So the road to building my own company and beginning to realize I needed to be my own boss, like many others, came to fruition while working for someone else. From these early experiences, I learned a bit of what I wanted to do, but more importantly, what I didn't want to do in my own business.
After leaving "Rathmines Tech" and now armed with my "Certificate in Business & Computer Studies," I got a commission-only sales job selling advertisement space for some under rated education magazine over the phone. We worked out of a small office on the second floor of some dingy building on Rathmines Road in Dublin and I was assigned to a small cubicle which felt like a prison cell.
The owner of the magazine would lock the main office door when we were onsite to protect us from all the unhappy customers. I only found this out when some guy came banging on the door looking for his money back and the boss wouldn't let him in. It was crazy. I looked out the spy hole and some big country lad was standing behind the door shouting in a thick country Irish accent "Ya Dirty Scamming Bitch gimme me money back .....". After about 20 minutes of shouting back and forth, he left the building and we went back to work.... Thank God for that. This was my first interaction with a very unsatisfied customer. (Note to self: Not what I want.)
The business model of her company was for us to cold call existing customers from the Yellow Pages and talk them back into buying more ad space in our publication. Then we'd repeat their own very same advertisement back to them, as if we had just made it up and attempt to resell it to them. This was pre internet days. I did my time & sold a few ad spaces, but not enough to keep me in drinking money and the boss was a pain in the arse and very dodgy, so I left.
Then my good friend Chris got me a job working with him in the kitchen of a pretty cool/fancy bar & restaurant in Dublin called 'Cafe en Seine'. It was a very successful, up & coming trendy bar in downtown Dublin. I recall speaking to one of the owners about how he got to own the place and he advised me of his favorite motto which was "Keep It Simple & Start Small." He told me he just did what he knew: "stick to the knitting...stick to what you know..."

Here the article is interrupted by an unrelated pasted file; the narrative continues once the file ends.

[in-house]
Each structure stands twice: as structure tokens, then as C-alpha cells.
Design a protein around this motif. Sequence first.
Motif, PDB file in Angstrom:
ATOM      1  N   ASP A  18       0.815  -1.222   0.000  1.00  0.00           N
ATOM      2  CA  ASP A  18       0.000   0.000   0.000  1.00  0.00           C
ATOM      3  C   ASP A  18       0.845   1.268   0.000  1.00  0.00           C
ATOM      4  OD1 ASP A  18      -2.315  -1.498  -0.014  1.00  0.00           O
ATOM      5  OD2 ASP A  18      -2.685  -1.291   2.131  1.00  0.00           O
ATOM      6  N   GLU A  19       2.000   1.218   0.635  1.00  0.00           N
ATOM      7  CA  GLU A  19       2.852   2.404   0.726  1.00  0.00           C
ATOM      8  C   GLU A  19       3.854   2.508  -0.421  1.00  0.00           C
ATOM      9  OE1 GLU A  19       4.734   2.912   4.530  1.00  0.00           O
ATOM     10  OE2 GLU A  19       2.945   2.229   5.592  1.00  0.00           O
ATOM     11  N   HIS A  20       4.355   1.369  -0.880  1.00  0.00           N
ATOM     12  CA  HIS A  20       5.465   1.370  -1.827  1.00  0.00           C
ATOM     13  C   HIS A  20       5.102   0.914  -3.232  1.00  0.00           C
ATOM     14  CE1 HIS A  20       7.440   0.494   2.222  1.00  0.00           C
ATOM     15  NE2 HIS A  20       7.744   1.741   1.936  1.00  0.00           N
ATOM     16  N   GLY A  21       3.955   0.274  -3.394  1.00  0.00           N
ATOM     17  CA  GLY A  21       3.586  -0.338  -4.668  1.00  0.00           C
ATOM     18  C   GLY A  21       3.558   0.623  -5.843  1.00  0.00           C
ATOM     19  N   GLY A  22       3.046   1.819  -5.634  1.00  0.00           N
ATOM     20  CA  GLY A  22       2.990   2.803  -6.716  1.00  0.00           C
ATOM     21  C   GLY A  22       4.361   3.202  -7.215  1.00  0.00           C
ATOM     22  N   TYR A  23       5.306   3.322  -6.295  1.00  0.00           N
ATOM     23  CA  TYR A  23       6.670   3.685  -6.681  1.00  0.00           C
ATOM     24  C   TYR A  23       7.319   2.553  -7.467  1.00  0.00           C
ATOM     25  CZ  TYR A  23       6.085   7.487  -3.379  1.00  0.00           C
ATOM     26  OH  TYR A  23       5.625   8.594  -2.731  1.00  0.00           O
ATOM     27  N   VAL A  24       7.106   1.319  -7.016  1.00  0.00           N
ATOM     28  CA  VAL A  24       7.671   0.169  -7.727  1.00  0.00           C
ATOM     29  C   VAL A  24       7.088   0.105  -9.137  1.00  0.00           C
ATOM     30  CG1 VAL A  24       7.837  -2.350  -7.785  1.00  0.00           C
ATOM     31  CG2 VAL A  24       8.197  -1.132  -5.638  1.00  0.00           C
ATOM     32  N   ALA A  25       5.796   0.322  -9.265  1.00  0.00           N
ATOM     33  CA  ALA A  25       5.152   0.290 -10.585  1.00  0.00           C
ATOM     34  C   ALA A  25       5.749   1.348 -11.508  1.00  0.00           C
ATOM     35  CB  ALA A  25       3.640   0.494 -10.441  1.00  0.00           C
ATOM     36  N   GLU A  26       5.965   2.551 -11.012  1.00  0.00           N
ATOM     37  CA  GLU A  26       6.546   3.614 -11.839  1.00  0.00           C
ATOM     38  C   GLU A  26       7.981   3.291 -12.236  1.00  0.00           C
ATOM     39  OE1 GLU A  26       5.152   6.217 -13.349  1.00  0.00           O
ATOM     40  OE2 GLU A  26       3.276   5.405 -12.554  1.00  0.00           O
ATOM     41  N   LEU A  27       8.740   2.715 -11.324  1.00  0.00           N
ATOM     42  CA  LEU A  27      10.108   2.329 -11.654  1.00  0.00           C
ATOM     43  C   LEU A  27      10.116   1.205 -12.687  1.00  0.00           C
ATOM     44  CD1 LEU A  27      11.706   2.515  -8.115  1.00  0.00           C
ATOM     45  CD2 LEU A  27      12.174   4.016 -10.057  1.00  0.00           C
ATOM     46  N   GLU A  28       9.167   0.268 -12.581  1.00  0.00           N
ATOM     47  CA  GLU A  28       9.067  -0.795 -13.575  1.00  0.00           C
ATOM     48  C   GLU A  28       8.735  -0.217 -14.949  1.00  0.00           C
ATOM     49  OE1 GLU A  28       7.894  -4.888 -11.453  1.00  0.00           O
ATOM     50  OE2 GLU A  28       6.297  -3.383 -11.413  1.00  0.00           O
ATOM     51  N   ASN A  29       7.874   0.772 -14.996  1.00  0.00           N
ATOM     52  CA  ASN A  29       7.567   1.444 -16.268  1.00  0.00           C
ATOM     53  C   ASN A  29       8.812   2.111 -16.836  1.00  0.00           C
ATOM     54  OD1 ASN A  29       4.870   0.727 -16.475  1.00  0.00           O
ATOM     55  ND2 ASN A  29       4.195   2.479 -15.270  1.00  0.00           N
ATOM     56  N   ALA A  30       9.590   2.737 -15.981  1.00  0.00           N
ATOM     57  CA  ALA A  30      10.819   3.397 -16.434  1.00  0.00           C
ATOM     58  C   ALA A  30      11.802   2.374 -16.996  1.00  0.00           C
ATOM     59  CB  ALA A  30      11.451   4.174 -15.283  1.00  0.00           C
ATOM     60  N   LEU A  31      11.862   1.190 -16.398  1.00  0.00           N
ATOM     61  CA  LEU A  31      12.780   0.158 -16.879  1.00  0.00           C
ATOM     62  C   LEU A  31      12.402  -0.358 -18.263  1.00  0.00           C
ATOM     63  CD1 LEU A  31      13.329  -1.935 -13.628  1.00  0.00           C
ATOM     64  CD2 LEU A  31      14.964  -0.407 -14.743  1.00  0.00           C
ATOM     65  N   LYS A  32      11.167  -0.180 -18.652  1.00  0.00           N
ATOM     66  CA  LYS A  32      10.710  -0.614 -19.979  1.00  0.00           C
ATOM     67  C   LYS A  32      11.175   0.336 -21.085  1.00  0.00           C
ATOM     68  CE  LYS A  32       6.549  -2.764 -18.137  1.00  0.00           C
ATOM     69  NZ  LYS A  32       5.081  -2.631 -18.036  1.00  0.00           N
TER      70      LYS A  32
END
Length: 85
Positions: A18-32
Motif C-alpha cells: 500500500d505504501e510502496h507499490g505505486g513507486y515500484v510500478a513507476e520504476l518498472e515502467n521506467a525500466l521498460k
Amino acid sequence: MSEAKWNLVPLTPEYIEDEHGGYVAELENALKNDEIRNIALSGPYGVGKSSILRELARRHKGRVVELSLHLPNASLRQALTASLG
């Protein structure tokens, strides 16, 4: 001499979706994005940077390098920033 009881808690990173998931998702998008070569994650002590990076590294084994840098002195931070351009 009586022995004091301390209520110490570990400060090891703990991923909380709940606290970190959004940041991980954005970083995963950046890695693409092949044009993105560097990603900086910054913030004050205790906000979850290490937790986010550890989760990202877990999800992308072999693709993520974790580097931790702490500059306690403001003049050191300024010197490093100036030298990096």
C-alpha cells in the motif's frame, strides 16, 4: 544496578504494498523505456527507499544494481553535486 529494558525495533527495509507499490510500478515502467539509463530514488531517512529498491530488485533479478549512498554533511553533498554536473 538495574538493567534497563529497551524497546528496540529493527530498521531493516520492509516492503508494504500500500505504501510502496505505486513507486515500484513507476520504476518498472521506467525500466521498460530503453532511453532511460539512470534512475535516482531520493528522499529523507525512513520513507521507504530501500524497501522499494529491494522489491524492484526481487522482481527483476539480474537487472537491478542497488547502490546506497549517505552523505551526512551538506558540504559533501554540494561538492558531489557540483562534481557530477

This was the Summer of 1993. Dublin was entering the Celtic Tiger and kids had money. It's always about the timing! Cafe en Seine ended up being the trendiest bar in Dublin. At that time, it was the place to be and to be seen.
The staff were amazing and lots of fun. There were girls and guys from all over Ireland and lots of students and even some travelers from Australia & New Zealand. They were all in their early 20's, using the place as a stepping stone onto something else. At the time, none of us knew where the next steps where, but I loved it. It suited me perfect. I was washing dishes with my buddy, getting drunk and talking smack with guys & girls in the kitchen and bar. I got 4 pounds ($7) an hour, which was pretty amazing for a kitchen porter job back then. Plus, I got free food and drink of course.
At the same time, I enrolled as a mature student in an evening course in another college, the Dublin Institute of Technology: "DIT Aungier Street." I would graduate with a two year diploma in Legal Studies, another course to keep my mum happy.
Something I learned from these early experiences were, although you might have a successful business financially in the short term, you want to do it by making customers happy. Your legacy will live on and people will remember. Also, doing what you enjoy is always best and it usually involves other happy people, always start small but have a big vision.
Until next time........
Gerry, Christine, G Pup